Sometimes I wonder whether it’s ever going to be possible to produce a watertight way of limiting access to digital music. Take Apple’s very popular iTunes, for example. CNET reports that an independent software developer has created a program that lets users of iTunes for Windows grab song files from other people on a computer network, using a streaming feature already available in iTunes. The MyTunes software fits neatly into iTunes and, unlike Apple’s software which makes no permanent copy of the song, captures that “stream” of music, making a copy that can be burned to a CD, uploaded to the Net or streamed to another PC.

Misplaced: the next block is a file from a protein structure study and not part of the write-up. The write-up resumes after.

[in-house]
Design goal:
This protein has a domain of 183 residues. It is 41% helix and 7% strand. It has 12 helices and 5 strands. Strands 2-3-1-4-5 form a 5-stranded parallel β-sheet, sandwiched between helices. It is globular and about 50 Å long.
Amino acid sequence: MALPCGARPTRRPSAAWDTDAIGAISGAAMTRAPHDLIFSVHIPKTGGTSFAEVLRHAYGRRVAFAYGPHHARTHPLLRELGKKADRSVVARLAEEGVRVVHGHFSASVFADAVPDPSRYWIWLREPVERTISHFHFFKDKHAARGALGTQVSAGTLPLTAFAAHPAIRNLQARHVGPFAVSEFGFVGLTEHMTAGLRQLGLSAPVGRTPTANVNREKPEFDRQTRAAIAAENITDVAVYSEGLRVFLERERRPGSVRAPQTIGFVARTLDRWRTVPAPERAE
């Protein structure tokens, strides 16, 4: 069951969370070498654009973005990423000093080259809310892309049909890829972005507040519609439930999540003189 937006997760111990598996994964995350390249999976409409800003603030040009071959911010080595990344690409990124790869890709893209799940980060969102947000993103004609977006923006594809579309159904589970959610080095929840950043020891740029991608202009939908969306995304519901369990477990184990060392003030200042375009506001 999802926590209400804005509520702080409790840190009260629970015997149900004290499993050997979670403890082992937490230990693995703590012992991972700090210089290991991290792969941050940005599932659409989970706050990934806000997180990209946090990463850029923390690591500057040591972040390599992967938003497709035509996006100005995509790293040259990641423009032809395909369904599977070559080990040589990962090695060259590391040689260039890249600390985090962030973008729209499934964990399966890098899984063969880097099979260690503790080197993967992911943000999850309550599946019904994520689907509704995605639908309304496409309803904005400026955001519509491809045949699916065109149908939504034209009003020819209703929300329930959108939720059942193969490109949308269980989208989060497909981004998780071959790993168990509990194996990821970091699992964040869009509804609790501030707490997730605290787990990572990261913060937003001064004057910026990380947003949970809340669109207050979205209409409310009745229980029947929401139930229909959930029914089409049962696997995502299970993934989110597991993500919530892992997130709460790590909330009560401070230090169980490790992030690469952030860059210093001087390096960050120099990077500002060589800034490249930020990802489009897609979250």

As CNET says, “while stream recording is not new–a myriad programs exist for recording Web radio and other streaming Net services for Windows and Macintosh computers–the ease with which the MyTunes software fits into iTunes pushes the experience to a new, and perhaps legally risky, level. Running the program makes creating your own MP3 songs from someone else’s collection as easy or easier than grabbing MP3s via traditional file-swapping software like Kazaa. That could complicate things for Apple, which depends on the music industry’s support–and indeed, has won unprecedented kudos from labels and artists–for its iTunes music store.”